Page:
I recently moved to Berkeley from abroad, and my father, in his desire to free up some space in the cellar, sent me over 20 boxes of childhood gadgets and memories. While sorting through such goodies as my radio-controlled windsurfer/car and my Tolkien encyclopedia, I stumbled upon a diamond in the rough: Stories of Life on the Frontier, a companion book to the 1993 Gametek/Konami computer game Frontier: Elite II.
Frontier, the fourth and last computer game I ever purchased, was a milestone in space-adventure games, thanks in large part to the vast and diverse universe which the player is allowed to explore. The game's author, David Braben, did an incredible job of worldbuilding. The almost 100 trillion celestial bodies are complemented by a rich backstory which is woven into the fabric of the game. I spent many an hour smuggling narcotics to the Sol system, carrying out missions for the Federation, and fighting space pirates. Like many other games of the time, Frontier supplements the in-game story with additional media: a map of the galaxy, a gazetteer, and the aforementioned collection of short stories.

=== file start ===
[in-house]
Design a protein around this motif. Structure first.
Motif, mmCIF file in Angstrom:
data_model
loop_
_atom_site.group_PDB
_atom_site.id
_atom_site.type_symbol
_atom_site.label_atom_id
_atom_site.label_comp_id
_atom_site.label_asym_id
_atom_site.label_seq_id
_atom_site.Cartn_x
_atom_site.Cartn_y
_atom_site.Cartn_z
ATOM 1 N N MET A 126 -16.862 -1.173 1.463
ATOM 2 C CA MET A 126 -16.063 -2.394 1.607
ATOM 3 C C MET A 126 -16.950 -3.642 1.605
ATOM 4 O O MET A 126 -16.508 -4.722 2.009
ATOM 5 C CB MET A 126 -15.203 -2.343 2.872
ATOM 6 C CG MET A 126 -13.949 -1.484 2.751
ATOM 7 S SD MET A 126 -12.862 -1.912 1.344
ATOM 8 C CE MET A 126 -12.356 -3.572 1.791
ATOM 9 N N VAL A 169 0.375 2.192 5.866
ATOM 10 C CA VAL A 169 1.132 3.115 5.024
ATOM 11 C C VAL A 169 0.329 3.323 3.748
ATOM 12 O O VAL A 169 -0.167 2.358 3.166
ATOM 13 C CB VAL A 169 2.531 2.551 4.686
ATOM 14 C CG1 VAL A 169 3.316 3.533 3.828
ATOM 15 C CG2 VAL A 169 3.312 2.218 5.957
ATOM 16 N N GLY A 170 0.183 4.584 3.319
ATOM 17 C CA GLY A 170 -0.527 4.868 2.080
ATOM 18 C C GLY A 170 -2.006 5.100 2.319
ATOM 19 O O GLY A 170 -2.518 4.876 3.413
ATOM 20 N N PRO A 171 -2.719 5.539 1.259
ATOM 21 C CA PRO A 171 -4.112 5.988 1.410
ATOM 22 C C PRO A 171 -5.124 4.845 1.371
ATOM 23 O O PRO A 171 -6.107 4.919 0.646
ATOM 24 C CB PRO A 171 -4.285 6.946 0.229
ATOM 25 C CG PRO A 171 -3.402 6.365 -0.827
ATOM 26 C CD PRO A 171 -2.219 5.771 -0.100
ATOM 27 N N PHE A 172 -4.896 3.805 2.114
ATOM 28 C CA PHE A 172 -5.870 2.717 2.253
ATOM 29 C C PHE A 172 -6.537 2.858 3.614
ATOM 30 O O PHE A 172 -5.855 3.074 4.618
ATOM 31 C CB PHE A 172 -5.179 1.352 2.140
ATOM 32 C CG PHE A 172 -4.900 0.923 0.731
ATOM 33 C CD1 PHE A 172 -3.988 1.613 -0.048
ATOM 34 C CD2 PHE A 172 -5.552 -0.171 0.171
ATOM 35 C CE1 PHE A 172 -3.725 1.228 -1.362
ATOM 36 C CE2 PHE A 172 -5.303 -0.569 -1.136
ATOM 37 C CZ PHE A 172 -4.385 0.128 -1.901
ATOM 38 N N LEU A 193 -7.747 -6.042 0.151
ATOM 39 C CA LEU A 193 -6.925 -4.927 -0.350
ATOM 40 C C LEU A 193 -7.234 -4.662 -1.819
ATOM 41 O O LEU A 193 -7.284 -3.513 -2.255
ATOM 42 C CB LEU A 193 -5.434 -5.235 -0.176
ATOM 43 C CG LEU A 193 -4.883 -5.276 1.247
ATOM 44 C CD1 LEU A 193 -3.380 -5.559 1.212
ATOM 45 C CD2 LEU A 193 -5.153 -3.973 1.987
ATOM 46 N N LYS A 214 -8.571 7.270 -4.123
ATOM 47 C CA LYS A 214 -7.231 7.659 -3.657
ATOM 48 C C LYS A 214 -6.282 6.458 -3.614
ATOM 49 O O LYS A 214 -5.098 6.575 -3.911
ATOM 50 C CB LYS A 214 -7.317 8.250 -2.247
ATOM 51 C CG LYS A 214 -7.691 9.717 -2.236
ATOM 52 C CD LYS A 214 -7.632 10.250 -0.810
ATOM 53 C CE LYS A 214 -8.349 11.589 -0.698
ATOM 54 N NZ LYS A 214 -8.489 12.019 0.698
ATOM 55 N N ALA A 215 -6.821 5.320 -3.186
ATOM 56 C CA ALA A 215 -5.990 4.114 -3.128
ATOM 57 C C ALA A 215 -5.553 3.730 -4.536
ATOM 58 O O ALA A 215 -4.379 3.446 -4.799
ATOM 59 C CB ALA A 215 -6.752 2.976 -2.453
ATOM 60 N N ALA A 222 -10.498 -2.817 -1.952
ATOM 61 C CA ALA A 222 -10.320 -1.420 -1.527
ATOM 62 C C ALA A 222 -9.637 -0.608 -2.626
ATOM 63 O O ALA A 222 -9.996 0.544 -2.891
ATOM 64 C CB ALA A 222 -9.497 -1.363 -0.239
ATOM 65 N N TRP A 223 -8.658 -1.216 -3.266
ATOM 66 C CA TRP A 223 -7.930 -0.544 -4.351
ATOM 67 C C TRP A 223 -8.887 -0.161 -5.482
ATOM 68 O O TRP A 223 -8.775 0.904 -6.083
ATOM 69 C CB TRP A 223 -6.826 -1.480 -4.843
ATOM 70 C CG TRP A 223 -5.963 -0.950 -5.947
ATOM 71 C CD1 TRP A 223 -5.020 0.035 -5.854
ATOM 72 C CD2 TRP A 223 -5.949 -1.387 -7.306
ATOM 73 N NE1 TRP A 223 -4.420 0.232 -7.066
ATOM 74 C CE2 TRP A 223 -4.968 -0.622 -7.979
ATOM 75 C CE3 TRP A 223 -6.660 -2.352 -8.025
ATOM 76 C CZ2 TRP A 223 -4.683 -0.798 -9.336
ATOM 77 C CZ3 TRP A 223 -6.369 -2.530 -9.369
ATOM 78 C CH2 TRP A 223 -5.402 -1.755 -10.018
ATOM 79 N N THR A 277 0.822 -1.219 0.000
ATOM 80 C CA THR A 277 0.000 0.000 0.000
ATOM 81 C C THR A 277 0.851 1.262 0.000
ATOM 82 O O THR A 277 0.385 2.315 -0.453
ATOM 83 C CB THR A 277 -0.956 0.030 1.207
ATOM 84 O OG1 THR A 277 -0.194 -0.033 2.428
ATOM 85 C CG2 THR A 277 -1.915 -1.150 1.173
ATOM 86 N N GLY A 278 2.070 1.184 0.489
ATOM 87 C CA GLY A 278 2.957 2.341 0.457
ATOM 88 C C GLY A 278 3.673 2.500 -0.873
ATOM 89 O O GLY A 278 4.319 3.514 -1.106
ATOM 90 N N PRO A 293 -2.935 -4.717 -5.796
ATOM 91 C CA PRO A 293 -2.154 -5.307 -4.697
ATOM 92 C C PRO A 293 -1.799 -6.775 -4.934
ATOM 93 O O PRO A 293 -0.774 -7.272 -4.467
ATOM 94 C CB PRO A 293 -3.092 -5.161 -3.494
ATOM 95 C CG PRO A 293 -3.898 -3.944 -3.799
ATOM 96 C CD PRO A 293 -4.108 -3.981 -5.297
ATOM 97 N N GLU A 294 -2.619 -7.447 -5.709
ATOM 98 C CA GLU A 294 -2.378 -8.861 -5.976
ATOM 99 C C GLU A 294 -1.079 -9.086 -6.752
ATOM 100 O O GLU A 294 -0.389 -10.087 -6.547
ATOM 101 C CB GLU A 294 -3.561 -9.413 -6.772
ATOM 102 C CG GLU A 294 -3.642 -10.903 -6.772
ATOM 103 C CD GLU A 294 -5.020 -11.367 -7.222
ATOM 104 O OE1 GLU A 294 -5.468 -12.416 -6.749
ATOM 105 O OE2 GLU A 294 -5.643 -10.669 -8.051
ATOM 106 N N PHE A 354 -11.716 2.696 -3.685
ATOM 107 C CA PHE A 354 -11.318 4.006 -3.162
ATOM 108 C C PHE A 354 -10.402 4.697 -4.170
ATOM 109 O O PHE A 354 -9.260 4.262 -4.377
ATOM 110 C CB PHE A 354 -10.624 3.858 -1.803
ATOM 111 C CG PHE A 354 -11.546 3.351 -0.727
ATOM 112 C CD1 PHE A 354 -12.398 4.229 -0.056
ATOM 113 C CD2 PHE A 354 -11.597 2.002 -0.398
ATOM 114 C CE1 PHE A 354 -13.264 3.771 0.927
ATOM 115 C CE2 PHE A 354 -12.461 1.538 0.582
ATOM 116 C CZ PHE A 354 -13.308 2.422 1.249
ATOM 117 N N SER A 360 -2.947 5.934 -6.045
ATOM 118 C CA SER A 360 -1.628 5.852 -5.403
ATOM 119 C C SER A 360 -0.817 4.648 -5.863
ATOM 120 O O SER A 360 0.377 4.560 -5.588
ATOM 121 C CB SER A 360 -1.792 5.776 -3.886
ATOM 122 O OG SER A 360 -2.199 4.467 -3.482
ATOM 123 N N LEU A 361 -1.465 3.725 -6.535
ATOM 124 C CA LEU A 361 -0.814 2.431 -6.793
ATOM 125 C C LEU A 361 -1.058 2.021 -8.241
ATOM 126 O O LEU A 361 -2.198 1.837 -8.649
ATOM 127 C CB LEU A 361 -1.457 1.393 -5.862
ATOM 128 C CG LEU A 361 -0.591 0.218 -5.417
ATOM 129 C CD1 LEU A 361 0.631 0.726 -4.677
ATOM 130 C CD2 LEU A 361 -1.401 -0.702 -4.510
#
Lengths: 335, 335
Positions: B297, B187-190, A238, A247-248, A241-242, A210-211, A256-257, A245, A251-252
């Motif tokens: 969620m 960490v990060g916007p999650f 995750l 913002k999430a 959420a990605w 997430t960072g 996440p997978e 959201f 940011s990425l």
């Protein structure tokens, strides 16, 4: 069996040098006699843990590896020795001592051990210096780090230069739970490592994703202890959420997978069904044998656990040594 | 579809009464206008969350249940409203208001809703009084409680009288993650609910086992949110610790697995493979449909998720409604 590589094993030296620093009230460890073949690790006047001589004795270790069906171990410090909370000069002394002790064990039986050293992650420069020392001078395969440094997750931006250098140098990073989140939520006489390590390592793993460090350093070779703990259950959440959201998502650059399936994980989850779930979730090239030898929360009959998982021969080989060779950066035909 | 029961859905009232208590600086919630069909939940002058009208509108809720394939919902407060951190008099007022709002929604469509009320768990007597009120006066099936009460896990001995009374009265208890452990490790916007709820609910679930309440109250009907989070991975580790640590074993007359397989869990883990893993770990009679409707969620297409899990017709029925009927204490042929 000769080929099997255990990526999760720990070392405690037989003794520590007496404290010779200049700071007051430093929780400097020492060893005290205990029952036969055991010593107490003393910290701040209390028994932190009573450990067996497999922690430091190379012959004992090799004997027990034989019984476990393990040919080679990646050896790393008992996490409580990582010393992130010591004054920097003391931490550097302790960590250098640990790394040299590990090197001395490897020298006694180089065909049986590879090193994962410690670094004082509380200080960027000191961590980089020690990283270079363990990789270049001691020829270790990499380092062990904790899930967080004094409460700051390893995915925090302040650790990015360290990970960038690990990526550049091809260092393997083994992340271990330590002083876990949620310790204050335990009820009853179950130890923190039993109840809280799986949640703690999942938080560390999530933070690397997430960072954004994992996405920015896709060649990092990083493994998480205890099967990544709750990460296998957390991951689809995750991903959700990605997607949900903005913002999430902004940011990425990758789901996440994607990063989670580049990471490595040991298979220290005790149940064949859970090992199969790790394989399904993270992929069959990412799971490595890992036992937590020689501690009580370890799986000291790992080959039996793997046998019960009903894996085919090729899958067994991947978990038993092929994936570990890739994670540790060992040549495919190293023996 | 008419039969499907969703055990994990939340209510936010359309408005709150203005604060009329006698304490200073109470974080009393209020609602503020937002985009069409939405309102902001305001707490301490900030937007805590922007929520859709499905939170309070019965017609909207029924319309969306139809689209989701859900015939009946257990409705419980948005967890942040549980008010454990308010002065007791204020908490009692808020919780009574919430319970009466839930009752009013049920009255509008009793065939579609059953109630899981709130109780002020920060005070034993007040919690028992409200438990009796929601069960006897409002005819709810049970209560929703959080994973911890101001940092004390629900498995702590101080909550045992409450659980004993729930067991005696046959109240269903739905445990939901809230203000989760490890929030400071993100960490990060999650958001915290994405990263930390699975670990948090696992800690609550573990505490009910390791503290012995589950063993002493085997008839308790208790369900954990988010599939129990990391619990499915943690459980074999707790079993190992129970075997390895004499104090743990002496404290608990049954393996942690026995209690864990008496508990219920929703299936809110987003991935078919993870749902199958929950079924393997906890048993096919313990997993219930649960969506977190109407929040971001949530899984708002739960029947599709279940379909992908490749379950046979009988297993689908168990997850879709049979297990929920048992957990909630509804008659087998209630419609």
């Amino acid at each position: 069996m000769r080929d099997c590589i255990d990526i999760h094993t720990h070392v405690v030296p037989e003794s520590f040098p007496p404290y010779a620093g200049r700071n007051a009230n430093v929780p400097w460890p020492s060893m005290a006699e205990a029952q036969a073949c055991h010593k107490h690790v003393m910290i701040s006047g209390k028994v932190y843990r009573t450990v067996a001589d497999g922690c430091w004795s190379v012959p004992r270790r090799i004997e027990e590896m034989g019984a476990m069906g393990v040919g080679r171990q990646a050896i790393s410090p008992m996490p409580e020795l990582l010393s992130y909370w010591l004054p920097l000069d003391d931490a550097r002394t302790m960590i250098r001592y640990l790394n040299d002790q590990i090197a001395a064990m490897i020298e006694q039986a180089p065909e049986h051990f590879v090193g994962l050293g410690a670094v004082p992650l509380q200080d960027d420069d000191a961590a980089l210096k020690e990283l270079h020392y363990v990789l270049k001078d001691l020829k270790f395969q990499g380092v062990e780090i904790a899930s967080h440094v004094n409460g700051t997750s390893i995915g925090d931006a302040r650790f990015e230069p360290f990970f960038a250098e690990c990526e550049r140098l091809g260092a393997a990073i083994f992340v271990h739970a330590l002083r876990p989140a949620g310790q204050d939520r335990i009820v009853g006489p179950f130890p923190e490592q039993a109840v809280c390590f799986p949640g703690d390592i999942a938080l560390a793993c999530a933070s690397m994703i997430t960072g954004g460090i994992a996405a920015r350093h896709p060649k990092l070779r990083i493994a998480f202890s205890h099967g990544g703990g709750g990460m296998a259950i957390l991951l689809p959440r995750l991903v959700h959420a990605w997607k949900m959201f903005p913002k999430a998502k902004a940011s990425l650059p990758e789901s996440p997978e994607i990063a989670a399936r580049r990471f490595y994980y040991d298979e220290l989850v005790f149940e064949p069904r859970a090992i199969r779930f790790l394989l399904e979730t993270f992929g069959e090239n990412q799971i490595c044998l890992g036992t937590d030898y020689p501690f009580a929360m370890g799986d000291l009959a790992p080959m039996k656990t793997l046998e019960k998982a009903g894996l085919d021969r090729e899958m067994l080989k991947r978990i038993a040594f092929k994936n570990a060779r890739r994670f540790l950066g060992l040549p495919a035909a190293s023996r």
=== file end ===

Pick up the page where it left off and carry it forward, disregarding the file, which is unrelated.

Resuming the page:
While best enjoyed together with the game, Stories of Life proves a very interesting read all on its own. This collection of 8 short stories (6 by David Massey, 1 by Kathy Dickinson, and 1 by Moira Sheehan) tells the tales of a wide variety of characters living in the Frontier universe around the year 3200. We encounter cyborgs, warring galactic empires, slavery, space explorers, big game hunters, religious fanatics, and ordinary people. Together, these stories paint a compelling picture of a time where a distance of 6 light-years is considered to be just around the corner. Probably my favorite aspect of the book is the manner in which the seemingly independent plots come together in a manner similar to that of David Mitchell's Cloud Atlas or Leo Perutz's By Night under the Stone Bridge (Nachts unter der steinernen Brücke).
If I've piqued your interest, you have several options at your disposal. Original versions of the game, complete with supplementary materials, can occasionally be found on Ebay, although usually at fairly steep prices. For those with more limited pecuniary resources, there are scanned and text versions of the stories available on the web. At the moment, these can be found here and here. Of course, if you live in the Bay Area and ask me nicely, I might loan you my copy.